The first and most important thing any visitor from Japan needs to know about Ireland is that summer is not hot. Summer there is cool and often wet – the Irish are always complaining about the rain – but it is never hot as we understand the word in Tokyo. In Ireland I actually had to do some exercise to sweat. In Japan I simply have to step outside and the sweat starts forming droplets on every pore within seconds.
The second thing I noticed was that it did not get dark until after ten in the evening. It is much farther north than Japan so the summer days are much longer. Parents there can finish work and go and watch their children play a game in the evening. I went to watch my seventeen-year-old cousin play a hurling match that started at seven p.m. It ended around nine p.m. and they never needed to turn on the lights.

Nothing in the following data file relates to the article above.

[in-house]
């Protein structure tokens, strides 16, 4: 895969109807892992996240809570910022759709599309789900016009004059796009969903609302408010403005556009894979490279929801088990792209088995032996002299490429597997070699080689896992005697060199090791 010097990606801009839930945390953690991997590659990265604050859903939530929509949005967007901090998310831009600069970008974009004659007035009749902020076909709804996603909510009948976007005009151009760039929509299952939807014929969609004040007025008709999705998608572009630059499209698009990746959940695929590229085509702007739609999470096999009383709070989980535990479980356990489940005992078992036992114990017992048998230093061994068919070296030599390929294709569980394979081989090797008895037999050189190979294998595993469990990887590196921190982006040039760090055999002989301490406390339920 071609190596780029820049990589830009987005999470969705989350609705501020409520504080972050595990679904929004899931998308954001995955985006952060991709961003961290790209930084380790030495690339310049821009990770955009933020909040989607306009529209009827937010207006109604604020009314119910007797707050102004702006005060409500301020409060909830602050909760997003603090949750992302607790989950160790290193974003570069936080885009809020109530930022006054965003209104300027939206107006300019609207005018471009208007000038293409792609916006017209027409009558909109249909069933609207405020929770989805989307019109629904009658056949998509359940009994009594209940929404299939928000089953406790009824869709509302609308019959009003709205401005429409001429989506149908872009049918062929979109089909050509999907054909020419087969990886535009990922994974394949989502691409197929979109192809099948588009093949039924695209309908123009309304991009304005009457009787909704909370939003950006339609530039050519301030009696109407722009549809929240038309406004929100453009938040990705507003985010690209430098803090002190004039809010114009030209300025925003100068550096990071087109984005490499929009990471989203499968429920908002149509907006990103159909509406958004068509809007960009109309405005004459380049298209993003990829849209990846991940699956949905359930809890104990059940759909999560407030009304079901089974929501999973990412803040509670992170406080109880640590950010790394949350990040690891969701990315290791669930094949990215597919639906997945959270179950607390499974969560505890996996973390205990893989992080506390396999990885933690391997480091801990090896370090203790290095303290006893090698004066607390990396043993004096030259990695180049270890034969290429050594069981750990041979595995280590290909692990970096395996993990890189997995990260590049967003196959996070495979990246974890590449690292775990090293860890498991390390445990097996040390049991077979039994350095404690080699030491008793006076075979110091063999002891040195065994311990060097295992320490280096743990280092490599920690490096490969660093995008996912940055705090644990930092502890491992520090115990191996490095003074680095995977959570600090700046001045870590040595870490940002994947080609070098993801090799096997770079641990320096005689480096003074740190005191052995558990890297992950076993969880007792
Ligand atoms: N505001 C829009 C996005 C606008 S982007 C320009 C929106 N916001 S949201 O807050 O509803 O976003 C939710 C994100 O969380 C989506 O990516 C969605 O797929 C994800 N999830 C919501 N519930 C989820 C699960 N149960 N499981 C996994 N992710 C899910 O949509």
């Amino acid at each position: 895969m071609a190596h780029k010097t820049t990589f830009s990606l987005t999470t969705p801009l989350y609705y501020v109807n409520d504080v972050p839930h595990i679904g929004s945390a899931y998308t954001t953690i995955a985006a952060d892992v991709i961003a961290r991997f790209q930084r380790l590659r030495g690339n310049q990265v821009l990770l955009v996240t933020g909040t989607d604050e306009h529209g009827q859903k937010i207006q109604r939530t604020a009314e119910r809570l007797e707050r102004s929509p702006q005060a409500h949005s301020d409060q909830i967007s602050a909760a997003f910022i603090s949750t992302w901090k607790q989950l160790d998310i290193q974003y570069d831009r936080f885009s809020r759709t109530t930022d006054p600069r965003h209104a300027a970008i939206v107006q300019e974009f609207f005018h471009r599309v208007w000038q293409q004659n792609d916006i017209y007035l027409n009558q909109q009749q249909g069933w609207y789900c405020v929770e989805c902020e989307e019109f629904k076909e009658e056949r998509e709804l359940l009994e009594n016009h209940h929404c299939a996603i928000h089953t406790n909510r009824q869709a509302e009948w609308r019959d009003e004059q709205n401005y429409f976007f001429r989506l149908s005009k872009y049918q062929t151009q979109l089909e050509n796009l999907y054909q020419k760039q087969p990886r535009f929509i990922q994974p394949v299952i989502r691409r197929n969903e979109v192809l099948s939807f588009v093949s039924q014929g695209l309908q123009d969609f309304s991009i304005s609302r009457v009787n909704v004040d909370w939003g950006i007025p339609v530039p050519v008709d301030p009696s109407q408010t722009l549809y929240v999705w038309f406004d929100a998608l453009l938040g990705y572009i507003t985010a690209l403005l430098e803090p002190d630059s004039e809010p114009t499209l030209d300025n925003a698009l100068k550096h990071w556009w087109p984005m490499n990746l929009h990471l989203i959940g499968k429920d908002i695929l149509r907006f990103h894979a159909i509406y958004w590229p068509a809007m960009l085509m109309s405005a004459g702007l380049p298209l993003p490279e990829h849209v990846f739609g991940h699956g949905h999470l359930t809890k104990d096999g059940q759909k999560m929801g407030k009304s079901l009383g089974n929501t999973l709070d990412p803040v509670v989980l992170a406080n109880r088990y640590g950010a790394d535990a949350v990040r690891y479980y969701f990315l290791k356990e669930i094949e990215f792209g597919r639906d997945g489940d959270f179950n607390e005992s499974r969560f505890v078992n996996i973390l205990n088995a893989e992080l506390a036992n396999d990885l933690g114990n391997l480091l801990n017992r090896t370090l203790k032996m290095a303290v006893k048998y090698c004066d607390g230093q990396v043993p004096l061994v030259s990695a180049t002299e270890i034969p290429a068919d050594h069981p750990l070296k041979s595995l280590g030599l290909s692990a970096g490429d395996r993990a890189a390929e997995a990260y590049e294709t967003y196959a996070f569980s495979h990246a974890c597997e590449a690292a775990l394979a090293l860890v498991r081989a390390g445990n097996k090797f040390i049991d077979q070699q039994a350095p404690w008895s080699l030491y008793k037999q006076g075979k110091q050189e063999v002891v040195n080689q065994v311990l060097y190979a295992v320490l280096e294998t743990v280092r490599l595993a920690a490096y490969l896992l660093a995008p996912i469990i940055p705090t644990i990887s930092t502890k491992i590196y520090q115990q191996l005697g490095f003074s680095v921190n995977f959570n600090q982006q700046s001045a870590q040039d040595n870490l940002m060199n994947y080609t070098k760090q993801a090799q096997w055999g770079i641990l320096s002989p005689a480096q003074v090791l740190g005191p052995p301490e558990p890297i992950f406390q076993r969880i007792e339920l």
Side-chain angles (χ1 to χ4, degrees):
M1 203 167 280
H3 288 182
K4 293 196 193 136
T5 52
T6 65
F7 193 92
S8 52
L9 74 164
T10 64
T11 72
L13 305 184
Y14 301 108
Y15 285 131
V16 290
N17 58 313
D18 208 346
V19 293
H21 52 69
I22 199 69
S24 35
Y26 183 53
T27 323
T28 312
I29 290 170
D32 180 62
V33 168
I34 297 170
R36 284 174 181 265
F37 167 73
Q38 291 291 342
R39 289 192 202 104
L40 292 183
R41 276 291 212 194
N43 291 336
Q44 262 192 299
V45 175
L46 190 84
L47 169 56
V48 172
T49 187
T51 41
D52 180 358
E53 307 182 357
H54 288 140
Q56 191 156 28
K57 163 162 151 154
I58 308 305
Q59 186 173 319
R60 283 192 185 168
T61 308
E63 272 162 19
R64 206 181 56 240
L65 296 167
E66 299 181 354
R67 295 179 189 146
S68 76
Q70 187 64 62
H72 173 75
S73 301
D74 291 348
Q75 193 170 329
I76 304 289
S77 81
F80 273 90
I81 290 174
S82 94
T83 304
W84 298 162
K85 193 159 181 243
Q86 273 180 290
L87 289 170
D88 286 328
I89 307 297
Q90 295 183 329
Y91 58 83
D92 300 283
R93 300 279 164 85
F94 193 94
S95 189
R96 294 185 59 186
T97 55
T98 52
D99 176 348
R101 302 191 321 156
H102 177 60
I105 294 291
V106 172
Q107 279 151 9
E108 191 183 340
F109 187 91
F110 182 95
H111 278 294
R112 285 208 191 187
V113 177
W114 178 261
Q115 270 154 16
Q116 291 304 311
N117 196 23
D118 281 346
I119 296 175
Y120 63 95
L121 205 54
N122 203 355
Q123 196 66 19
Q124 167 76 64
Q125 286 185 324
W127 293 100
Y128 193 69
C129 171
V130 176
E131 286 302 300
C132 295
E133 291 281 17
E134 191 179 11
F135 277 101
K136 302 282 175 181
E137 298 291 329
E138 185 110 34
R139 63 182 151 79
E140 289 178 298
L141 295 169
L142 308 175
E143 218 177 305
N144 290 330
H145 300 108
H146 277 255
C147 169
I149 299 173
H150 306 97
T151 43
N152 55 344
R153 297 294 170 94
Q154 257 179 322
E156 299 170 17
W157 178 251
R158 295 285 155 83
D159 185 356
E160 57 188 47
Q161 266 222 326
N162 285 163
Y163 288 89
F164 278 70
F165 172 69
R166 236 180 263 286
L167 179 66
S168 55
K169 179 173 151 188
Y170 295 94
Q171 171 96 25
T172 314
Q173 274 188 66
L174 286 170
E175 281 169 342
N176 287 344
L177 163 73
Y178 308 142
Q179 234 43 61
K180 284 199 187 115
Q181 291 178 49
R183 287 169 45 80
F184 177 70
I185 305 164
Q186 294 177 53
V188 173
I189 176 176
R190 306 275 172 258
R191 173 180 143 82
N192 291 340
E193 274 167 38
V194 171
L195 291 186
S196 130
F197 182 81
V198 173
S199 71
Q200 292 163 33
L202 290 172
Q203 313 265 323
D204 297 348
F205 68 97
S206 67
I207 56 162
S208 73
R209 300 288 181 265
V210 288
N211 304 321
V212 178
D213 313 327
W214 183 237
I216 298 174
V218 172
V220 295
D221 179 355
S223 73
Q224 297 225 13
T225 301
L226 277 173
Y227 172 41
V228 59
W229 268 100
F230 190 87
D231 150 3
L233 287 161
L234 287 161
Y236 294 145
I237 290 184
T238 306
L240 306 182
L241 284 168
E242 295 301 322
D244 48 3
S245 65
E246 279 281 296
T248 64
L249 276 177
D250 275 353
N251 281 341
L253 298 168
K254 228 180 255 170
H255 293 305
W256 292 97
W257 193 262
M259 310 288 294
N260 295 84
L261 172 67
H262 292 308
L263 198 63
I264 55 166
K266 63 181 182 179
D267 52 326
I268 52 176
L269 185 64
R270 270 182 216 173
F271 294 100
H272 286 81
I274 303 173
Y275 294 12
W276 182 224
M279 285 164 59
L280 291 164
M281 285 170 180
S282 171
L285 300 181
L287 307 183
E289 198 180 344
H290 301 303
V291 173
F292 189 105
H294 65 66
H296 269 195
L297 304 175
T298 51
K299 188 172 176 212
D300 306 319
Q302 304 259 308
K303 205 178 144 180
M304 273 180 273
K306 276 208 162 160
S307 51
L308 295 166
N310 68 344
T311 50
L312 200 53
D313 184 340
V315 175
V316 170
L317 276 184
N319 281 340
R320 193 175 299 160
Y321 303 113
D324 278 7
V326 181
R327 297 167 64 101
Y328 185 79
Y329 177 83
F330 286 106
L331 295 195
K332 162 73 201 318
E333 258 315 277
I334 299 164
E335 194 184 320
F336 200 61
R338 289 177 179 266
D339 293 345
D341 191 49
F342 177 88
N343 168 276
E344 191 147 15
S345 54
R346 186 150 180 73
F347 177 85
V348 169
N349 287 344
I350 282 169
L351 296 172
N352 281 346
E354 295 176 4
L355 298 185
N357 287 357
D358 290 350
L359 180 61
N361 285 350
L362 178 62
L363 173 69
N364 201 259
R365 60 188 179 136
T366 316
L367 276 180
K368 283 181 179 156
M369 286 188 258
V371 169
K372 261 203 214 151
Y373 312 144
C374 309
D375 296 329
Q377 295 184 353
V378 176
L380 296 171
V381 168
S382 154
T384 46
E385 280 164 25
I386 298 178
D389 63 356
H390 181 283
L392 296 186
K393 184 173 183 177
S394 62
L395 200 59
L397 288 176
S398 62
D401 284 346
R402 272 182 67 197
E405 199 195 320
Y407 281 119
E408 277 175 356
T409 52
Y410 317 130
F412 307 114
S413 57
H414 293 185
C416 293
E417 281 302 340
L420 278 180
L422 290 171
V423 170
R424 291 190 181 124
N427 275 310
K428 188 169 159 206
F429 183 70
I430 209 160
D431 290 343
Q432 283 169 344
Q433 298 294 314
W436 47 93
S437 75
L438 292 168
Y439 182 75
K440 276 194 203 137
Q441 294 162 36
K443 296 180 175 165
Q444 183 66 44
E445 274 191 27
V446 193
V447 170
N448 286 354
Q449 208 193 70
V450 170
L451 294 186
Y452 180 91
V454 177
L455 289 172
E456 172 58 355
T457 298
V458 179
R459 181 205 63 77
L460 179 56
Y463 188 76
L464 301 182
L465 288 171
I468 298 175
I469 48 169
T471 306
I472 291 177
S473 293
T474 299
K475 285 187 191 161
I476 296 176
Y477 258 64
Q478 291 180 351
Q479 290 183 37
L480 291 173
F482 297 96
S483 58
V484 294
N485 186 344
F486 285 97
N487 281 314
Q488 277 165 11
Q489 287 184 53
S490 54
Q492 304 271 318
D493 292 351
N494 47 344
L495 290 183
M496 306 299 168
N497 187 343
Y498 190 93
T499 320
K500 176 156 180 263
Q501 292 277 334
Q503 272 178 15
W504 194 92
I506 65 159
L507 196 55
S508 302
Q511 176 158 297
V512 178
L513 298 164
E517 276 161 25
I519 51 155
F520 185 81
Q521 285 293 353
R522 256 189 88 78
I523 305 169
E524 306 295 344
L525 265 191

The Irish use the term “twilight” quite often. The time between sunset and dark is so long that they play a match in the twilight or do the shopping in the twilight. Twilight or dusk is a few minutes in Tokyo but a few hours in Ireland so it took a while to get used to the idea that I should go to bed as soon as it got dark. The longer days allowed us to do a lot more sightseeing than I had expected, but it also kept us busier. The next time I visit my relatives there, I will have to go a little bit slower, as the Irish do.